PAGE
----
What every parent should know about temper tantrums

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If you have a preschooler, a temper tantrum has probably reared its ugly head at home or (gasp) at someone else’s house or out in public. Although these bouts of acting out are considered normal behavior, sometimes they could indicate a more serious problem like a learning disability, developmental disorder or mental health problem.

Here, read on for expert advice on when you should be concerned.

They’re common but infrequent.

Temper tantrums are very common for the 2 to 4 year old set, although they can show up earlier or not at all. Although it seems like an eternity, most tantrums last no more than two or three minutes at a stretch.

And normal tantrums happen less often than you might think. In fact, less than 10 percent of children have a tantrum every day, according to a recent Northwestern University Feinberg School of Medicine study published in The Journal of Child Psychology and Psychiatry.

There’s usually a reason.

Temper tantrums that have a specific trigger are considered normal, according to Diane Lang, a psychotherapist, author and positive living expert. Your tot might be frustrated because he can’t reach a toy or tie his shoe, upset because he’s tired, hungry or missed a nap. Tantrums can also happen during times of transition like meal time, bed time or nap time.

It could be something more serious.  

If your child whines, cries, screams, kicks, lies on the floor or holds his breath, it’s usually not a cause for concern. Yet if his tantrums last longer than five minutes, happen for no apparent reason and occur more than two or three times a week,  become so intense that he tries to hurt himself or someone else, it’s best to speak with your pediatrician.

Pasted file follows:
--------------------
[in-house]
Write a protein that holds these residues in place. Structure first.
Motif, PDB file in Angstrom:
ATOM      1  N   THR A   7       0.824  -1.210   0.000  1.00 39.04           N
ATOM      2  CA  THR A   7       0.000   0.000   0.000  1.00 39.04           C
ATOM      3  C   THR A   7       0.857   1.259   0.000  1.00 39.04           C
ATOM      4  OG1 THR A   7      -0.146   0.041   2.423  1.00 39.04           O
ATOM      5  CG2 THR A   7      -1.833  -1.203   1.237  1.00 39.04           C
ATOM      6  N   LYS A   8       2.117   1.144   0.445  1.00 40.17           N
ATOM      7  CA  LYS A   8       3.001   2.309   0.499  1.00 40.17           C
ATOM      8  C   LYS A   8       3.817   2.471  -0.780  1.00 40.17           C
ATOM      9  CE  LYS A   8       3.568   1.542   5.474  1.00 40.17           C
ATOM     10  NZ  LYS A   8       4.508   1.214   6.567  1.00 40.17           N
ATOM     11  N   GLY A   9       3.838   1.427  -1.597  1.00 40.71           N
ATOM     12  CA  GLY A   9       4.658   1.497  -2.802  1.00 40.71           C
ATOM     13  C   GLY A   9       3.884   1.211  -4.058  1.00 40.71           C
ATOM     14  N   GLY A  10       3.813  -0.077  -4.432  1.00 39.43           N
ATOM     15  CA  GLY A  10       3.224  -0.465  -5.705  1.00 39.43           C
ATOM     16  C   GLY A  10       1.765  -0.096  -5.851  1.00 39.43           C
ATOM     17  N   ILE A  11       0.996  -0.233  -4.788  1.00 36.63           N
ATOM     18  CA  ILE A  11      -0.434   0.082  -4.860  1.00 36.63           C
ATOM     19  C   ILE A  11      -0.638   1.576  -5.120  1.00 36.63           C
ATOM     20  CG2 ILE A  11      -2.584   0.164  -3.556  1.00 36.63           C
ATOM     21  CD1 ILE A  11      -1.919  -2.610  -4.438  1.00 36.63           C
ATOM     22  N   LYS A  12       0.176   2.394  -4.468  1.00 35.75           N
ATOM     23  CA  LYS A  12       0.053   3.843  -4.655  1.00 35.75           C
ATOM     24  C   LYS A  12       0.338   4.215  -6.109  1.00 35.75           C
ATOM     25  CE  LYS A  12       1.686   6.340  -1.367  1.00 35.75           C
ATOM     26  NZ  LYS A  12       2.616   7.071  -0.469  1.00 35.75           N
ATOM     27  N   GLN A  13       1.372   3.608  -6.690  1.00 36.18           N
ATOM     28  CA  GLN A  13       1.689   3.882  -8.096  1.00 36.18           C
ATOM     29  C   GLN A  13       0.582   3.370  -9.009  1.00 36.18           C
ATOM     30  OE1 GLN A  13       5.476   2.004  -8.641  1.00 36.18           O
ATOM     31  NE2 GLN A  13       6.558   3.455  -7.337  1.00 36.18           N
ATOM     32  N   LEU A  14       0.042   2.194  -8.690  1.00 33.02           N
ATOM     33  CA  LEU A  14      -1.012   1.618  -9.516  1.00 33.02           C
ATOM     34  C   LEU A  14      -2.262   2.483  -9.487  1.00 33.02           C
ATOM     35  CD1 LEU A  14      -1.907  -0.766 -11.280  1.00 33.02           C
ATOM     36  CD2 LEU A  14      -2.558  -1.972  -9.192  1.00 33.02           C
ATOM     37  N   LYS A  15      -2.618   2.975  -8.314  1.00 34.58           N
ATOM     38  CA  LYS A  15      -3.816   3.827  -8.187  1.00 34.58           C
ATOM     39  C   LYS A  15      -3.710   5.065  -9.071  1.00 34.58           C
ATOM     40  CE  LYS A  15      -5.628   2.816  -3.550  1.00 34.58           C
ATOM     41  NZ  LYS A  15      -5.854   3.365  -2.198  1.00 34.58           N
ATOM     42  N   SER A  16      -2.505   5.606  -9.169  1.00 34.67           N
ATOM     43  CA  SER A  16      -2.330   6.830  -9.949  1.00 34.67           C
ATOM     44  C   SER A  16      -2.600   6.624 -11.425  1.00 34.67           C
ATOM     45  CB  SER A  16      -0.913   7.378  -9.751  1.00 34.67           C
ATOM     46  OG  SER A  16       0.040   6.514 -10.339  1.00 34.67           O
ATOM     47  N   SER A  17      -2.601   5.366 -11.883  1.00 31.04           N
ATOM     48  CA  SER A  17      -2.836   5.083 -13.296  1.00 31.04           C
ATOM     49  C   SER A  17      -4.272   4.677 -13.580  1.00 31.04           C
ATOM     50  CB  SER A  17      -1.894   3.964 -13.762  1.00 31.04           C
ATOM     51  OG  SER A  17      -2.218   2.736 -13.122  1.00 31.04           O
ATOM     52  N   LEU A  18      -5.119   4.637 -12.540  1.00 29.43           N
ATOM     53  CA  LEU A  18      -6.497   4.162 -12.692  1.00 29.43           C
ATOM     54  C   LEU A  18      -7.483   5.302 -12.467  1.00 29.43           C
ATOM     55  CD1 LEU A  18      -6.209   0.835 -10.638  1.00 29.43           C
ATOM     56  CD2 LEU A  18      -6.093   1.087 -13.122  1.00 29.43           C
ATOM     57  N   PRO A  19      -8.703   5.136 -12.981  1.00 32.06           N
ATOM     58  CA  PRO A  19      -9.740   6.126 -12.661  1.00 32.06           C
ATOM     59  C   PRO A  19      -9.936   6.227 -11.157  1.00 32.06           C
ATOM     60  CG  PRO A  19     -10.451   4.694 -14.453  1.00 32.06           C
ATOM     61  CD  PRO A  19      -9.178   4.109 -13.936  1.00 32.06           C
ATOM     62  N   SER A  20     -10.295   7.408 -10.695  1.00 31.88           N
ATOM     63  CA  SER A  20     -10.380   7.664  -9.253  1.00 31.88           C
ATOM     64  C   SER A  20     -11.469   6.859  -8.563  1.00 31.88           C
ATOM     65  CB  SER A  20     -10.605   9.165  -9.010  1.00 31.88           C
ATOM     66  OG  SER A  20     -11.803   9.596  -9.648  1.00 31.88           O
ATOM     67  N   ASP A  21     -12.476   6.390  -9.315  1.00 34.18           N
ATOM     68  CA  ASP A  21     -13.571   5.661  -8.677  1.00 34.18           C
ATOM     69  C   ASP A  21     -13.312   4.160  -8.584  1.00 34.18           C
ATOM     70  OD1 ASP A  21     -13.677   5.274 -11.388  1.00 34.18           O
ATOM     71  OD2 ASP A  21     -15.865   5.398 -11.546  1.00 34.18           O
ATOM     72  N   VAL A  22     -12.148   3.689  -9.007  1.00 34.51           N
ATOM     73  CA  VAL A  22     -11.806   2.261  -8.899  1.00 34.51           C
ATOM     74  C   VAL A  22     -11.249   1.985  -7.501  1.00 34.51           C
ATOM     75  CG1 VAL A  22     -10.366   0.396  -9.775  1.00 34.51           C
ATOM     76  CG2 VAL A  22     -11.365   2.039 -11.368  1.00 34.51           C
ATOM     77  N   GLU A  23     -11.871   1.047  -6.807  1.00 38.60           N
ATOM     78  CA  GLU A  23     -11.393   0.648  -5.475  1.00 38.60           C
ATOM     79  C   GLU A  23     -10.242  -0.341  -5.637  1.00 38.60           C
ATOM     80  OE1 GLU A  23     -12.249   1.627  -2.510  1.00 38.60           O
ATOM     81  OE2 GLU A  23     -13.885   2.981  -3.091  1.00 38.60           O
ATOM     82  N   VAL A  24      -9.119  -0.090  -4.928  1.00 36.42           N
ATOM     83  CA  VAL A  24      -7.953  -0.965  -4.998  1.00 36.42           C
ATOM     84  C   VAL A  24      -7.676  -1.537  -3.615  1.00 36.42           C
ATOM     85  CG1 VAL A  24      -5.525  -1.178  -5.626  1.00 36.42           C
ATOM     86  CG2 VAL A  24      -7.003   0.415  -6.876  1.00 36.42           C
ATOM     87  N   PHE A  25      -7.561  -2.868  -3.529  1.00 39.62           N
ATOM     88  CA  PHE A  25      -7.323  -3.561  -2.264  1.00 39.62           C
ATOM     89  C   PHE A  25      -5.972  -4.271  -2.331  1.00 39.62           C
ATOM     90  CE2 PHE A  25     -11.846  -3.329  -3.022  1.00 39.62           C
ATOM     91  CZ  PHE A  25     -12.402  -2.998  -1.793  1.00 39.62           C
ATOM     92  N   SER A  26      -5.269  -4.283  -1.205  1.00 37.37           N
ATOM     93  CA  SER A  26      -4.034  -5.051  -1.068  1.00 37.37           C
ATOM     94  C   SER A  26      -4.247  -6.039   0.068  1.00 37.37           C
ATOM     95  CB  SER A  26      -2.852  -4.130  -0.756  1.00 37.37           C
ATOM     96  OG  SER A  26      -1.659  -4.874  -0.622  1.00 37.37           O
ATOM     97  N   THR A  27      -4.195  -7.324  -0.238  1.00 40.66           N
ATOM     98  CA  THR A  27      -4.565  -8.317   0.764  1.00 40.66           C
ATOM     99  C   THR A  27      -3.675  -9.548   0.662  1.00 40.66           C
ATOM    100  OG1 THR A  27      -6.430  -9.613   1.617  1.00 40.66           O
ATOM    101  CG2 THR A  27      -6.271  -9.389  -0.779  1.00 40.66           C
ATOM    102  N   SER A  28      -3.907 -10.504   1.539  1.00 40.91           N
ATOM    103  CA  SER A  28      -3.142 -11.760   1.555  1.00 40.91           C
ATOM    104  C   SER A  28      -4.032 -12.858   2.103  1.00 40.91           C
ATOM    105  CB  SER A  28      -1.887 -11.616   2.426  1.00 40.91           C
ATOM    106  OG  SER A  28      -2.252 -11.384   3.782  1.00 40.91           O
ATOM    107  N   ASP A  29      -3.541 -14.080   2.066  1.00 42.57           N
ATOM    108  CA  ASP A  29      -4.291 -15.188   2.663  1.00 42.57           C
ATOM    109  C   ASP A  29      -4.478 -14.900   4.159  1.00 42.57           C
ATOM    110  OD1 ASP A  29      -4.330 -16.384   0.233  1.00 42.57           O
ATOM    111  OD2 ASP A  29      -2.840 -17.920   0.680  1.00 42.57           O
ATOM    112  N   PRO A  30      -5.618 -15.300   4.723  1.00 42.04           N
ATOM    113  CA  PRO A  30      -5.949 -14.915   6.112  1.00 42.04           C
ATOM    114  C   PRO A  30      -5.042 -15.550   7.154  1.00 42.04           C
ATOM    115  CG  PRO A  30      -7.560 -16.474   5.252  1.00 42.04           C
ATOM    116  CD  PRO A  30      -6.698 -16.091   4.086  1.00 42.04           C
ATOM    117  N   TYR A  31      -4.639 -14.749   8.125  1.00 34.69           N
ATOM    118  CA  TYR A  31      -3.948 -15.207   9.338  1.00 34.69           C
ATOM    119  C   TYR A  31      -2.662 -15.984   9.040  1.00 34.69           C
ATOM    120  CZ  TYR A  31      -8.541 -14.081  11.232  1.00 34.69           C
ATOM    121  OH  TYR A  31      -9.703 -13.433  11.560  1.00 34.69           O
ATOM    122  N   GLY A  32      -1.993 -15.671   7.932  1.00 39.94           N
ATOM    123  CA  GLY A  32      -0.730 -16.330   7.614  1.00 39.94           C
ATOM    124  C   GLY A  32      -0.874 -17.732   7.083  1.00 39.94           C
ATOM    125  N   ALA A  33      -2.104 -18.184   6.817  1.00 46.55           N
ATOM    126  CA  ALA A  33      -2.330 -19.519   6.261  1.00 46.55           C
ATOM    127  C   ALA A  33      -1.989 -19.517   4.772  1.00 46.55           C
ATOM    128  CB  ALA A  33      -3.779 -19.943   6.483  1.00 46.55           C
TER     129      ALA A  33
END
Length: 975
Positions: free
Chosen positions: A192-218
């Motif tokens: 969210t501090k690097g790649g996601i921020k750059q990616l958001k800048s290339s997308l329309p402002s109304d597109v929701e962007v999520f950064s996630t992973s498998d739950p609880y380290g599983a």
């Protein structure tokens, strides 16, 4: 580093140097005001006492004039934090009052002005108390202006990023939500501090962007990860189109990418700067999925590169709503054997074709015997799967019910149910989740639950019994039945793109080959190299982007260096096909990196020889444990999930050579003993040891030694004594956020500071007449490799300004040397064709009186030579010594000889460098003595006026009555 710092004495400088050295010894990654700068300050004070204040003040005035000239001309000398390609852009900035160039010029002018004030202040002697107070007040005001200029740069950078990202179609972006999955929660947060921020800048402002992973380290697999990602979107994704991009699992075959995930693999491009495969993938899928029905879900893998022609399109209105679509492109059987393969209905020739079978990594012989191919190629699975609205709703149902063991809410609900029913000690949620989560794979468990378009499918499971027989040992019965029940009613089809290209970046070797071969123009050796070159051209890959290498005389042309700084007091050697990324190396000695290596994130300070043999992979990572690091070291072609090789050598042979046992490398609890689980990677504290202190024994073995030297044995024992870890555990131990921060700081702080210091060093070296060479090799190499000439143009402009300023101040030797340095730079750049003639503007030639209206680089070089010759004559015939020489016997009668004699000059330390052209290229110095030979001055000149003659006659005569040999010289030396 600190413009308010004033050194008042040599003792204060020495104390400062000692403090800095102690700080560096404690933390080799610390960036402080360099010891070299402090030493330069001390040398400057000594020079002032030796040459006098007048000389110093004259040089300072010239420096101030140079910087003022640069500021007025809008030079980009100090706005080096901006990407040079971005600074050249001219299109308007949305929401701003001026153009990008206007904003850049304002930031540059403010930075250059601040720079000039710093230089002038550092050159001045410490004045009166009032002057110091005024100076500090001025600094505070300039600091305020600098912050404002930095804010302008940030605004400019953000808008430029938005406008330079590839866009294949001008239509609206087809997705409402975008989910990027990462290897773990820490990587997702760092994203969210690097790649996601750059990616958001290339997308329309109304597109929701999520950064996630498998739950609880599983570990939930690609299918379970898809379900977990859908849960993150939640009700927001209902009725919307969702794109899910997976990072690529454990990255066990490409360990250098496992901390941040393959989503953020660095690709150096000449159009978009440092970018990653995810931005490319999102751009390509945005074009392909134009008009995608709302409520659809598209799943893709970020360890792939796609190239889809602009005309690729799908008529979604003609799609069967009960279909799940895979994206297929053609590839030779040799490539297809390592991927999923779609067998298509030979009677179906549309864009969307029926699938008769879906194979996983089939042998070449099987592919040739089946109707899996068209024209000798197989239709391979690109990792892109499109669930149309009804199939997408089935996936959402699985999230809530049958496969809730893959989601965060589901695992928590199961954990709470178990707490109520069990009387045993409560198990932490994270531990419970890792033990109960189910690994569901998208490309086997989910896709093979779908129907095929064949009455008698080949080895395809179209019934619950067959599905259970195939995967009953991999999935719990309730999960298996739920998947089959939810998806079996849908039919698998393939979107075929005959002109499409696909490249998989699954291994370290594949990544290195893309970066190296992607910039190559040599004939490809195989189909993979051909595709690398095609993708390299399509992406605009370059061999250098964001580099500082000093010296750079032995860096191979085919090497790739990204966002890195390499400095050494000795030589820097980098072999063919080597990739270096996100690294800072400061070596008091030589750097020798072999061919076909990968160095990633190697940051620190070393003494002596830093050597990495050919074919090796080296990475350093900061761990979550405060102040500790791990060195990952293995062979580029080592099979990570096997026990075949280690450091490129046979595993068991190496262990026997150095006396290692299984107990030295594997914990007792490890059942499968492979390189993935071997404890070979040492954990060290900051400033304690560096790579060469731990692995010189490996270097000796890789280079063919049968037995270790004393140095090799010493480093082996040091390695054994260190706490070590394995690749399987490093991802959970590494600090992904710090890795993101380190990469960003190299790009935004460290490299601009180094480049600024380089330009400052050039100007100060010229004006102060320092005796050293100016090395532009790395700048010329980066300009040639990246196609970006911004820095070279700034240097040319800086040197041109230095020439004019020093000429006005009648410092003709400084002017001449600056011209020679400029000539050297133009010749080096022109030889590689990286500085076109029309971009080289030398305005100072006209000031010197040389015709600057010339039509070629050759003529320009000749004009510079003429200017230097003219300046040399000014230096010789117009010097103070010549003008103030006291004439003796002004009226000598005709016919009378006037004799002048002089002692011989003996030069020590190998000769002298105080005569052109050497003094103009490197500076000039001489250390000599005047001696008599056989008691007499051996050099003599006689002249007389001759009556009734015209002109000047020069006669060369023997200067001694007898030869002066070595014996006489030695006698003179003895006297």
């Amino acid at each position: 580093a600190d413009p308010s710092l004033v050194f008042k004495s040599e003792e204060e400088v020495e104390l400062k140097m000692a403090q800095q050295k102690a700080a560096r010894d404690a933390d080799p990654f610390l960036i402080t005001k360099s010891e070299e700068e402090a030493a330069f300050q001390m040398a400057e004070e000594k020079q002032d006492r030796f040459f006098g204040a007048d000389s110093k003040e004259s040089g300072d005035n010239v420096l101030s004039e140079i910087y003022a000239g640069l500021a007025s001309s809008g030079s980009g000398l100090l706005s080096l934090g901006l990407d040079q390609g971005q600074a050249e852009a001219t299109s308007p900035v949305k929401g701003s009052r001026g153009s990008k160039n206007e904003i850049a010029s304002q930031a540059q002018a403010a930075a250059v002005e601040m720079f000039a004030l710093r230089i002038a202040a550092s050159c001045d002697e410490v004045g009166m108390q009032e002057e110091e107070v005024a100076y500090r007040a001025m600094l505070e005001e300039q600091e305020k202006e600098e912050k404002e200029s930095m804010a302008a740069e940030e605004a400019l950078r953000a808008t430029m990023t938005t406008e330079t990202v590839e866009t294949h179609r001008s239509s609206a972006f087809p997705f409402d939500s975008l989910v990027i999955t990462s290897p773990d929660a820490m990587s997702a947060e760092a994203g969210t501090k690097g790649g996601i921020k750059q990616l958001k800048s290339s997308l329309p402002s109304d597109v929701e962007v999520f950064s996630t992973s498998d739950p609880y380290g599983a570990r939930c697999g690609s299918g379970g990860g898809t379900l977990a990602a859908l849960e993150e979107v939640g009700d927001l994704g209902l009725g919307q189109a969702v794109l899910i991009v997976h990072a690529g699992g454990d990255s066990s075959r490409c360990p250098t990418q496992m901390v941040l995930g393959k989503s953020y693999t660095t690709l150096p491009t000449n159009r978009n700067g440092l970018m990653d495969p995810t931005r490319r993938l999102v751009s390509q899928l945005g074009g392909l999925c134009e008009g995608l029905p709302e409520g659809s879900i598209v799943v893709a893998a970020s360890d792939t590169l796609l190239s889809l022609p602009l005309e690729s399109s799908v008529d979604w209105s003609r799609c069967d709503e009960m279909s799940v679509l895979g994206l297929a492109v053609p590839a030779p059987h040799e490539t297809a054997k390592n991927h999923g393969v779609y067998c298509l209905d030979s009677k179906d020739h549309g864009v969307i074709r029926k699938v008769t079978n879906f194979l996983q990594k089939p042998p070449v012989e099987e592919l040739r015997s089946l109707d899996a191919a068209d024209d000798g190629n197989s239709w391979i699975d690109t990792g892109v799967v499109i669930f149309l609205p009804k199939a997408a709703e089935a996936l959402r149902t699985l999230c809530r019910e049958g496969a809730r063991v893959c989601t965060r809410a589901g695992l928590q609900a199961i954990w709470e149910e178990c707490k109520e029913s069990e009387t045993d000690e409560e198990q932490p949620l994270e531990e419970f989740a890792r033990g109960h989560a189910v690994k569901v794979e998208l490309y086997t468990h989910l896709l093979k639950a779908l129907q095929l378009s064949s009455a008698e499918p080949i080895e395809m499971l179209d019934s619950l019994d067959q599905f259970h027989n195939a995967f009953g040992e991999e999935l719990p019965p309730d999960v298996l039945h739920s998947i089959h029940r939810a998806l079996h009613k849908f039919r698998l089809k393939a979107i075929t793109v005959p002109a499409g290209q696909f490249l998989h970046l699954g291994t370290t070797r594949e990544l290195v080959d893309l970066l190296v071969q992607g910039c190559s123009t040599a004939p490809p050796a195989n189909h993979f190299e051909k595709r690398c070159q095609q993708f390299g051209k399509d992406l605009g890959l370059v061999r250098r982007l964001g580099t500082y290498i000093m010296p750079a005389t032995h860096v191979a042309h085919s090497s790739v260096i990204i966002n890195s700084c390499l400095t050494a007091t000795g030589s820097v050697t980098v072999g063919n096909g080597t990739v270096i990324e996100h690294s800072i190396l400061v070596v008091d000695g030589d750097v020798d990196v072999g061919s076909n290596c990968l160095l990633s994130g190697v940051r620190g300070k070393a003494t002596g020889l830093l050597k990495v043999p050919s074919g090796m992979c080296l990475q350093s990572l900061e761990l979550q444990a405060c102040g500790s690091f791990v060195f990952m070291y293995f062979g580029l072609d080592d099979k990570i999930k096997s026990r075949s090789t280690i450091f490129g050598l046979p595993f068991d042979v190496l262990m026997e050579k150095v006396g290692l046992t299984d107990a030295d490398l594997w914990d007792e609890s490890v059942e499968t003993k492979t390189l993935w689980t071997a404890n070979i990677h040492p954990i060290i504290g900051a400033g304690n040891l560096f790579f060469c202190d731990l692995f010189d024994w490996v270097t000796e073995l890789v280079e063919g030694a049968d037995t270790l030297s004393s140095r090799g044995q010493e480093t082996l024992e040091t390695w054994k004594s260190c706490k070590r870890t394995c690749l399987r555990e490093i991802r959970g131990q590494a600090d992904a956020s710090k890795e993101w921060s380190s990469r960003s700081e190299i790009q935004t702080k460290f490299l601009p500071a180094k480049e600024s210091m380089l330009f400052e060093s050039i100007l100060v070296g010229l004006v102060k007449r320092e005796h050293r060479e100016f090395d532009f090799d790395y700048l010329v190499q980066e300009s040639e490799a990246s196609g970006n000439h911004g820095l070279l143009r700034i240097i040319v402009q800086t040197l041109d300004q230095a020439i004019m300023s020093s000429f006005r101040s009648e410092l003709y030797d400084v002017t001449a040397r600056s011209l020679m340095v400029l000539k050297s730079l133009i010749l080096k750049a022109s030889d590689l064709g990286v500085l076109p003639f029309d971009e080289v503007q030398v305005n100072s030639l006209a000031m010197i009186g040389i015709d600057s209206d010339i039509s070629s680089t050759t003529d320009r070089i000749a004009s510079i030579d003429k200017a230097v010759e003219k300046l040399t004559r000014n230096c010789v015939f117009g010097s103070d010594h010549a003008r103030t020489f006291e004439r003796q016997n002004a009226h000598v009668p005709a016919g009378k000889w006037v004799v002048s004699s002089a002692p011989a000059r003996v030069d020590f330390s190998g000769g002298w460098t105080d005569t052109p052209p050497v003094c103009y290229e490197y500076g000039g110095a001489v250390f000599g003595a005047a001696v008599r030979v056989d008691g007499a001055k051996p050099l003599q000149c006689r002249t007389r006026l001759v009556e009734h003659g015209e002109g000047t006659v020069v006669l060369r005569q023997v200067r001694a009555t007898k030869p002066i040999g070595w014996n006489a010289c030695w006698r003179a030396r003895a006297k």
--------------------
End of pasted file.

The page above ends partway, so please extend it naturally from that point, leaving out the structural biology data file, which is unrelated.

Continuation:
“That’s when we start worrying because that’s not the norm,” Lang said. These types of tantrums could indicate that your child has a learning problem or disability, mental health problem, or developmental disorder like ADD, ADHD or autism.

Getting help will be easier.

Researchers at Northwestern University Feinberg School of Medicine have come up with a new tool, the Multidimensional Assessment of Preschool Disruptive Behavior (MAP-DB), a questionnaire that will help parents and doctors identify and treat a the behavioral problem early on, so it doesn’t escalate into a larger concern later.

“Because tantrums are so common in young children, we have really needed to have ways that a pediatrician, teacher or parent could say this is what needs further evaluation versus this is what I should expect from my child at this age," according to Lauren Wakschlag, professor and vice chair in the department of medical social sciences at Northwestern University Feinberg School of Medicine and lead author of the recent study.

After the findings of this study are replicated in a second sample of children, researchers will work towards making the questionnaire available.